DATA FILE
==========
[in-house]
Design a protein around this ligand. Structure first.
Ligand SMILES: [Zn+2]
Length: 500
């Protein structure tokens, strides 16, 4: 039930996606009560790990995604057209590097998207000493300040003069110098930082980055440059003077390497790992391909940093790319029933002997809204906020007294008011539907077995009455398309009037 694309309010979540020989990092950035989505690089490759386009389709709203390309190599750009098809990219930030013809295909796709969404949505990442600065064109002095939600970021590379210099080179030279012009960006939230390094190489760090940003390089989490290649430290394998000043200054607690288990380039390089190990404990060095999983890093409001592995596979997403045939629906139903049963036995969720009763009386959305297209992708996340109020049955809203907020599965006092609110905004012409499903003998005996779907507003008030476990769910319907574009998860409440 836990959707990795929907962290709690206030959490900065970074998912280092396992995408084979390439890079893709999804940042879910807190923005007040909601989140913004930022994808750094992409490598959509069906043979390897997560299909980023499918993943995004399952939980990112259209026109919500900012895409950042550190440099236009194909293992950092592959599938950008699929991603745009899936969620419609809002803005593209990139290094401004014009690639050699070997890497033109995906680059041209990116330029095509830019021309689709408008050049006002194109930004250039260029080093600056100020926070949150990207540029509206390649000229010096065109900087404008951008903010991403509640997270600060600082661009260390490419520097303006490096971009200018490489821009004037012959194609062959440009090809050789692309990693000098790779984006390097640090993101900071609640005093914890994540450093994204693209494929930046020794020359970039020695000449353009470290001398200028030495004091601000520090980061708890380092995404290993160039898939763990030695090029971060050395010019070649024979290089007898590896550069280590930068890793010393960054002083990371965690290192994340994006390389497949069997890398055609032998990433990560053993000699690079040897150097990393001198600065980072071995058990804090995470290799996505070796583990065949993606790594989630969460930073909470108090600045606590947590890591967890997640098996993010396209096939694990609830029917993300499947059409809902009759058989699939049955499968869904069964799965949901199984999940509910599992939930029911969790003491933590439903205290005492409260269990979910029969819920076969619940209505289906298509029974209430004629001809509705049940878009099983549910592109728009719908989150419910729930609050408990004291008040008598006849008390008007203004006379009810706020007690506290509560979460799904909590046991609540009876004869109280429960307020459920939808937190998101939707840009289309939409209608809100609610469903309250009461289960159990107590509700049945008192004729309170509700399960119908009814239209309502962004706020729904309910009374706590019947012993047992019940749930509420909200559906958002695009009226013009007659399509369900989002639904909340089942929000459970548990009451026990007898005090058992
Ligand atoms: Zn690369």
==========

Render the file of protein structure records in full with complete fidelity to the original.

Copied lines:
[in-house]
Design a protein around this ligand. Structure first.
Ligand SMILES: [Zn+2]
Length: 500
């Protein structure tokens, strides 16, 4: 039930996606009560790990995604057209590097998207000493300040003069110098930082980055440059003077390497790992391909940093790319029933002997809204906020007294008011539907077995009455398309009037 694309309010979540020989990092950035989505690089490759386009389709709203390309190599750009098809990219930030013809295909796709969404949505990442600065064109002095939600970021590379210099080179030279012009960006939230390094190489760090940003390089989490290649430290394998000043200054607690288990380039390089190990404990060095999983890093409001592995596979997403045939629906139903049963036995969720009763009386959305297209992708996340109020049955809203907020599965006092609110905004012409499903003998005996779907507003008030476990769910319907574009998860409440 836990959707990795929907962290709690206030959490900065970074998912280092396992995408084979390439890079893709999804940042879910807190923005007040909601989140913004930022994808750094992409490598959509069906043979390897997560299909980023499918993943995004399952939980990112259209026109919500900012895409950042550190440099236009194909293992950092592959599938950008699929991603745009899936969620419609809002803005593209990139290094401004014009690639050699070997890497033109995906680059041209990116330029095509830019021309689709408008050049006002194109930004250039260029080093600056100020926070949150990207540029509206390649000229010096065109900087404008951008903010991403509640997270600060600082661009260390490419520097303006490096971009200018490489821009004037012959194609062959440009090809050789692309990693000098790779984006390097640090993101900071609640005093914890994540450093994204693209494929930046020794020359970039020695000449353009470290001398200028030495004091601000520090980061708890380092995404290993160039898939763990030695090029971060050395010019070649024979290089007898590896550069280590930068890793010393960054002083990371965690290192994340994006390389497949069997890398055609032998990433990560053993000699690079040897150097990393001198600065980072071995058990804090995470290799996505070796583990065949993606790594989630969460930073909470108090600045606590947590890591967890997640098996993010396209096939694990609830029917993300499947059409809902009759058989699939049955499968869904069964799965949901199984999940509910599992939930029911969790003491933590439903205290005492409260269990979910029969819920076969619940209505289906298509029974209430004629001809509705049940878009099983549910592109728009719908989150419910729930609050408990004291008040008598006849008390008007203004006379009810706020007690506290509560979460799904909590046991609540009876004869109280429960307020459920939808937190998101939707840009289309939409209608809100609610469903309250009461289960159990107590509700049945008192004729309170509700399960119908009814239209309502962004706020729904309910009374706590019947012993047992019940749930509420909200559906958002695009009226013009007659399509369900989002639904909340089942929000459970548990009451026990007898005090058992
Ligand atoms: Zn690369």